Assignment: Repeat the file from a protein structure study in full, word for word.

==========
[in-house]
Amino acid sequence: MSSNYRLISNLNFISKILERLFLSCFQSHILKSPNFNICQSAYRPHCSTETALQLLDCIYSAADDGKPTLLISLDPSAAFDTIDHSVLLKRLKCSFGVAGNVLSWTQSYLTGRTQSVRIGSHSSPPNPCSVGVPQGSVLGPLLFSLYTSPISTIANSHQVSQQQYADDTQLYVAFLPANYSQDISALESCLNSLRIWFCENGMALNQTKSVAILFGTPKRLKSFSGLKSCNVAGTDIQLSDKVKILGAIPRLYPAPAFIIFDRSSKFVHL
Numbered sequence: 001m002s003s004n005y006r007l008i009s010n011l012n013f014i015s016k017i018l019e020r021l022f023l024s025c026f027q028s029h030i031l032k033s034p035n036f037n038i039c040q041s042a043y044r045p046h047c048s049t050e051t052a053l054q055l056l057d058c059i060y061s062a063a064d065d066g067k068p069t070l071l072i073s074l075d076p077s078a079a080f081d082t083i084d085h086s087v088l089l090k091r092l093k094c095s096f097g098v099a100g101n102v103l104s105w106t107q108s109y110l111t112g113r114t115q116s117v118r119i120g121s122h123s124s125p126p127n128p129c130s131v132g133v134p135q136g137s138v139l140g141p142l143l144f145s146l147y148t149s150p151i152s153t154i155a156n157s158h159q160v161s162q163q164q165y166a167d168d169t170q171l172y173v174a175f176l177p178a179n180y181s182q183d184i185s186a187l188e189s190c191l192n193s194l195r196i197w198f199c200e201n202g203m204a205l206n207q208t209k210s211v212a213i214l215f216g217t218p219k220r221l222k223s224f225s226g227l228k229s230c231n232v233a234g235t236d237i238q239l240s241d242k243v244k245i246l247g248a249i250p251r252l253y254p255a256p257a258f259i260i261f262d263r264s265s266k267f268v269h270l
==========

[in-house]
Amino acid sequence: MSSNYRLISNLNFISKILERLFLSCFQSHILKSPNFNICQSAYRPHCSTETALQLLDCIYSAADDGKPTLLISLDPSAAFDTIDHSVLLKRLKCSFGVAGNVLSWTQSYLTGRTQSVRIGSHSSPPNPCSVGVPQGSVLGPLLFSLYTSPISTIANSHQVSQQQYADDTQLYVAFLPANYSQDISALESCLNSLRIWFCENGMALNQTKSVAILFGTPKRLKSFSGLKSCNVAGTDIQLSDKVKILGAIPRLYPAPAFIIFDRSSKFVHL
Numbered sequence: 001m002s003s004n005y006r007l008i009s010n011l012n013f014i015s016k017i018l019e020r021l022f023l024s025c026f027q028s029h030i031l032k033s034p035n036f037n038i039c040q041s042a043y044r045p046h047c048s049t050e051t052a053l054q055l056l057d058c059i060y061s062a063a064d065d066g067k068p069t070l071l072i073s074l075d076p077s078a079a080f081d082t083i084d085h086s087v088l089l090k091r092l093k094c095s096f097g098v099a100g101n102v103l104s105w106t107q108s109y110l111t112g113r114t115q116s117v118r119i120g121s122h123s124s125p126p127n128p129c130s131v132g133v134p135q136g137s138v139l140g141p142l143l144f145s146l147y148t149s150p151i152s153t154i155a156n157s158h159q160v161s162q163q164q165y166a167d168d169t170q171l172y173v174a175f176l177p178a179n180y181s182q183d184i185s186a187l188e189s190c191l192n193s194l195r196i197w198f199c200e201n202g203m204a205l206n207q208t209k210s211v212a213i214l215f216g217t218p219k220r221l222k223s224f225s226g227l228k229s230c231n232v233a234g235t236d237i238q239l240s241d242k243v244k245i246l247g248a249i250p251r252l253y254p255a256p257a258f259i260i261f262d263r264s265s266k267f268v269h270l